Joy Division
Joy Division

Joy Division

About Joy Division

It all started in 1976 when guitarist Bernard Sumner posted an ad in a Manchester, England record shop: "Band seeks singer." Ian Curtis answered the call, joining Sumner, bassist Peter Hook, and later, drummer Stephen Morris to form what would become arguably the most influential post-punk band in the world. They re-christened themselves Joy Division—a grim Third Reich reference—after their original name, Warsaw, proved too close to that of London punk band Warsaw Pakt. The group earned enough buzz from their manic live shows, dominated by Curtis’ intense stage presence, that in 1979, John Peel invited them to record a session for his prestigious BBC radio show. Later that year, they headed into the studio with producer Martin Hannett and emerged with Unknown Pleasures, a brilliantly bleak masterpiece. Visceral songs like “She’s Lost Control” and “New Dawn Fades” merged a stripped-down punk ethos with sound effects, synthesizers, and Curtis’ booming, dark baritone and heart-on-sleeve lyrics. Not only was the sound groundbreaking, but the minimalist duochrome cover art found by Sumner and finished by Peter Saville became instantly iconic. The band toured relentlessly throughout 1979, before heading back to the studio. As they worked on their second LP, Closer, they released "Love Will Tear Us Apart," a soaring yet nihilistic love song, in 1980. Days before the group were slated to start their first U.S. tour, Curtis died by suicide. In the wake of Curtis’ death, the band’s albums entered the charts, and "Love Will Tear Us Apart" became the group's first hit. It was cold comfort for the trio, who broke up and reformed as New Order, picking up where Joy Division left off before blazing a trail all their own.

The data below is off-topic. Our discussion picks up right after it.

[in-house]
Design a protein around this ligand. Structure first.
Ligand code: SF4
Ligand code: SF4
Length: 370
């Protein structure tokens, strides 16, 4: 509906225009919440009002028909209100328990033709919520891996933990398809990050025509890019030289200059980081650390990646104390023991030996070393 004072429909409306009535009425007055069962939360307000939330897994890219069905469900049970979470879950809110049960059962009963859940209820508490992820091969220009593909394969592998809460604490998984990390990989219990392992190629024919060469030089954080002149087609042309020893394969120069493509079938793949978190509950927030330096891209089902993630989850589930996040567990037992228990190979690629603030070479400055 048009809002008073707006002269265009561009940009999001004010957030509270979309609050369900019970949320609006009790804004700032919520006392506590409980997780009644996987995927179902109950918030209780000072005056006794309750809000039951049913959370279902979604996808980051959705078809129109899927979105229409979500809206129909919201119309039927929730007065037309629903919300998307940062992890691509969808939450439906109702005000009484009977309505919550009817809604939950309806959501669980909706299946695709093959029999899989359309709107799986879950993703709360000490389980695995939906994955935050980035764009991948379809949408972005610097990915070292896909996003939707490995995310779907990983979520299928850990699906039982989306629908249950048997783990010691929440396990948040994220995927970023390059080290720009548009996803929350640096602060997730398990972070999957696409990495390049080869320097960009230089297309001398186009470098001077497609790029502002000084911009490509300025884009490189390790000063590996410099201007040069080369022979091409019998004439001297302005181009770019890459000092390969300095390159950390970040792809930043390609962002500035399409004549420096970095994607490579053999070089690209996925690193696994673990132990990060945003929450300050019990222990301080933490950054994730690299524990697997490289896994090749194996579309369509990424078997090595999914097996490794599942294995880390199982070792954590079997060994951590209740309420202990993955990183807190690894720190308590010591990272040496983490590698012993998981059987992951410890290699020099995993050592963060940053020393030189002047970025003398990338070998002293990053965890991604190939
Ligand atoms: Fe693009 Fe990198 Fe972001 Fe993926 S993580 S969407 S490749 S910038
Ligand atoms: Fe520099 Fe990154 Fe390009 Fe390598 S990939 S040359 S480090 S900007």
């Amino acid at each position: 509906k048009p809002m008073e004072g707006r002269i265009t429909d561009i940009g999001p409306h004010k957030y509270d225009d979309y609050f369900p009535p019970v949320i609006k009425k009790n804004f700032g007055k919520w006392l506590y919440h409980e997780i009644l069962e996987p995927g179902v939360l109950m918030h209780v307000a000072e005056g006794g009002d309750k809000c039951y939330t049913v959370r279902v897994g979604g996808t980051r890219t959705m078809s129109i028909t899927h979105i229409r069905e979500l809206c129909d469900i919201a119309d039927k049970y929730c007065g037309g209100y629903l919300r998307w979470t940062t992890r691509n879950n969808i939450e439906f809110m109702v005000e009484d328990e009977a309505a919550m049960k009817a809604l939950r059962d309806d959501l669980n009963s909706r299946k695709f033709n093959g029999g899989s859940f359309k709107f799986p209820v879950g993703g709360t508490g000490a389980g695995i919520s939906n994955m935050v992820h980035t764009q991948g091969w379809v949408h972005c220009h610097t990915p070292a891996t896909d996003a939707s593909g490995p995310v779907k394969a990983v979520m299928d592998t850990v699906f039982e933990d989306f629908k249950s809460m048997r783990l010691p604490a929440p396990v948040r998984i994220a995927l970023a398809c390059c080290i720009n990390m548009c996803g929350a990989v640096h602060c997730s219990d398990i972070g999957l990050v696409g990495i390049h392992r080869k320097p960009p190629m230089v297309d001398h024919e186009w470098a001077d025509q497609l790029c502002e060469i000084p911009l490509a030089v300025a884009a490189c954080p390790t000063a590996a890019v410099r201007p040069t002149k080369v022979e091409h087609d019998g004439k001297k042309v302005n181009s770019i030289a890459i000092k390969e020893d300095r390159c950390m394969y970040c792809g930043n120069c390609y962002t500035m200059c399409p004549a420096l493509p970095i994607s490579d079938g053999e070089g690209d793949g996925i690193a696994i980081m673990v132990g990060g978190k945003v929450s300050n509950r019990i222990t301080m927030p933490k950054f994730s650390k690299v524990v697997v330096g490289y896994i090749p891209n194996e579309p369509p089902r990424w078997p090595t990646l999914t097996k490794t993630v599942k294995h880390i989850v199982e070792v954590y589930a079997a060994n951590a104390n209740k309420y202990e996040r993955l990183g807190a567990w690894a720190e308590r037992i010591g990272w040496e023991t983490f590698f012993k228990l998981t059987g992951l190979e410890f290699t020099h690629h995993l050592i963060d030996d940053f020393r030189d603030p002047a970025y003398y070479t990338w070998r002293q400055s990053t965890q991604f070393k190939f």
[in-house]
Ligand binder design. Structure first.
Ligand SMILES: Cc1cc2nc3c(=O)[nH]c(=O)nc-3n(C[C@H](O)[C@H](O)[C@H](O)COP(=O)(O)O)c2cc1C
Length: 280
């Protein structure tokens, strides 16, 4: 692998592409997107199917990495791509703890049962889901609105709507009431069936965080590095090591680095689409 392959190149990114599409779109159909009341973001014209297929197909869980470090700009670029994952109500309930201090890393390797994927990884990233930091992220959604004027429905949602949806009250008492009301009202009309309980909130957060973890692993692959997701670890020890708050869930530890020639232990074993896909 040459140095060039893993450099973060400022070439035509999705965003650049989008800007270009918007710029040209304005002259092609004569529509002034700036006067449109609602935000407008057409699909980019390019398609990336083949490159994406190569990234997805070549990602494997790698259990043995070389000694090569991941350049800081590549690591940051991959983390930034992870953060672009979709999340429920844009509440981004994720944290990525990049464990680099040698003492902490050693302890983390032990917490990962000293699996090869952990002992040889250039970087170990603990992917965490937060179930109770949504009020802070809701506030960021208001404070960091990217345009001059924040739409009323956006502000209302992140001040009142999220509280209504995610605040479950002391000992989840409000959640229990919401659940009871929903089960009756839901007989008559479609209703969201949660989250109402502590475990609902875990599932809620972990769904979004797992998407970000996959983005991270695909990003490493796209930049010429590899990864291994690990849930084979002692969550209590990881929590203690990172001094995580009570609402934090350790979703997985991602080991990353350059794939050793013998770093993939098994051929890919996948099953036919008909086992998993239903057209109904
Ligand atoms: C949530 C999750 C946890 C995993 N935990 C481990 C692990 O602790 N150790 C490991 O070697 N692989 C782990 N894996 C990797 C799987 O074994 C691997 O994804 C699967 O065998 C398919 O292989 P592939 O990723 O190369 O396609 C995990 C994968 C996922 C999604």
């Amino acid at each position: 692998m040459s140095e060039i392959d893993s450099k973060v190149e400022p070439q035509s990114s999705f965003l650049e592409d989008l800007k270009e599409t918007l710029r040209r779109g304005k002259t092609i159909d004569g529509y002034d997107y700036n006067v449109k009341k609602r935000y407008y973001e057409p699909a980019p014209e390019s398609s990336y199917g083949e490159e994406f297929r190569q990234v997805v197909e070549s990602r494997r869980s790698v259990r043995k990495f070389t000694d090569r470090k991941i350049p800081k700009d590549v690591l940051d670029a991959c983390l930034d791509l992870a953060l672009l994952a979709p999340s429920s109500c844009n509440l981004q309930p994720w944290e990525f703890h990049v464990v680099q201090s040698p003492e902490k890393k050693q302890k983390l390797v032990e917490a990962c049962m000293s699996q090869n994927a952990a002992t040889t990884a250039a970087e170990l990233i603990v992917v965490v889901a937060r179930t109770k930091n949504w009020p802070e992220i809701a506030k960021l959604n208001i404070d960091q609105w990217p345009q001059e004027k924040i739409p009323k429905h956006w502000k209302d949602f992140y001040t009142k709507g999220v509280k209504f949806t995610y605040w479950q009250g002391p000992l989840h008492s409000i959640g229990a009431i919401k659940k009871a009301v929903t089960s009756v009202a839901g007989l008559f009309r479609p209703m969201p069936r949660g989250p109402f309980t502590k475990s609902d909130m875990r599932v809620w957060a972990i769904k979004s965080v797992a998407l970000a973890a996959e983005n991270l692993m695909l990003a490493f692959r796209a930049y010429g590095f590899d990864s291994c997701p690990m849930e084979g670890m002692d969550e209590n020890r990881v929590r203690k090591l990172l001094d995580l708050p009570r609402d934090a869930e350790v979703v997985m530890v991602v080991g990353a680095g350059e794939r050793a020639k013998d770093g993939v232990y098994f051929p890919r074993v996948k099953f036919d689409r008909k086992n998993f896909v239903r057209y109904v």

• ORIGIN
    Salford, England
  • FORMED
    1976

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